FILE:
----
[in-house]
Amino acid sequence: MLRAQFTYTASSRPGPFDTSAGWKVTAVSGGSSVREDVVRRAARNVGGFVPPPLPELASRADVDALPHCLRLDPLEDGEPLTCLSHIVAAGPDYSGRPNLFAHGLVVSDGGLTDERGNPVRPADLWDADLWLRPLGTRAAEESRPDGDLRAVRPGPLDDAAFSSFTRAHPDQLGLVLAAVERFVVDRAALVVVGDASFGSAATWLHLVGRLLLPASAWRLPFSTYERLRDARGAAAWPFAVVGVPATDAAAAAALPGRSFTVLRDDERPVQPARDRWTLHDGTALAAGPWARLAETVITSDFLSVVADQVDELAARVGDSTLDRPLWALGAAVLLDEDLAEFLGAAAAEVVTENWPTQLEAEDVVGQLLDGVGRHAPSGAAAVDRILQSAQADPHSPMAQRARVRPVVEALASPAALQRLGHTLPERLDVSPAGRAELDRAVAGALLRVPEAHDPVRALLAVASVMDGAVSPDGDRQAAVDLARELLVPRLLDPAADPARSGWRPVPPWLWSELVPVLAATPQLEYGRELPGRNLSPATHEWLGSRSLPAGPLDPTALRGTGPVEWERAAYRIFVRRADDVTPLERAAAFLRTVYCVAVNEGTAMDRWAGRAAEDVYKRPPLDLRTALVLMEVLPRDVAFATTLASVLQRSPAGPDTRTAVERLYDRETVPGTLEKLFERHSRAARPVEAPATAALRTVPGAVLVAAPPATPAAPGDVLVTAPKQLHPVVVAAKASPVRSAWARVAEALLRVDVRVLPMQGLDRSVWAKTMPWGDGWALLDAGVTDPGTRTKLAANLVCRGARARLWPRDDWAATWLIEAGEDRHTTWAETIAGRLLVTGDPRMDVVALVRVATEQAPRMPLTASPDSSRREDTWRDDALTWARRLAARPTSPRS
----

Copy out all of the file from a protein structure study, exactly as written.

[in-house]
Amino acid sequence: MLRAQFTYTASSRPGPFDTSAGWKVTAVSGGSSVREDVVRRAARNVGGFVPPPLPELASRADVDALPHCLRLDPLEDGEPLTCLSHIVAAGPDYSGRPNLFAHGLVVSDGGLTDERGNPVRPADLWDADLWLRPLGTRAAEESRPDGDLRAVRPGPLDDAAFSSFTRAHPDQLGLVLAAVERFVVDRAALVVVGDASFGSAATWLHLVGRLLLPASAWRLPFSTYERLRDARGAAAWPFAVVGVPATDAAAAAALPGRSFTVLRDDERPVQPARDRWTLHDGTALAAGPWARLAETVITSDFLSVVADQVDELAARVGDSTLDRPLWALGAAVLLDEDLAEFLGAAAAEVVTENWPTQLEAEDVVGQLLDGVGRHAPSGAAAVDRILQSAQADPHSPMAQRARVRPVVEALASPAALQRLGHTLPERLDVSPAGRAELDRAVAGALLRVPEAHDPVRALLAVASVMDGAVSPDGDRQAAVDLARELLVPRLLDPAADPARSGWRPVPPWLWSELVPVLAATPQLEYGRELPGRNLSPATHEWLGSRSLPAGPLDPTALRGTGPVEWERAAYRIFVRRADDVTPLERAAAFLRTVYCVAVNEGTAMDRWAGRAAEDVYKRPPLDLRTALVLMEVLPRDVAFATTLASVLQRSPAGPDTRTAVERLYDRETVPGTLEKLFERHSRAARPVEAPATAALRTVPGAVLVAAPPATPAAPGDVLVTAPKQLHPVVVAAKASPVRSAWARVAEALLRVDVRVLPMQGLDRSVWAKTMPWGDGWALLDAGVTDPGTRTKLAANLVCRGARARLWPRDDWAATWLIEAGEDRHTTWAETIAGRLLVTGDPRMDVVALVRVATEQAPRMPLTASPDSSRREDTWRDDALTWARRLAARPTSPRS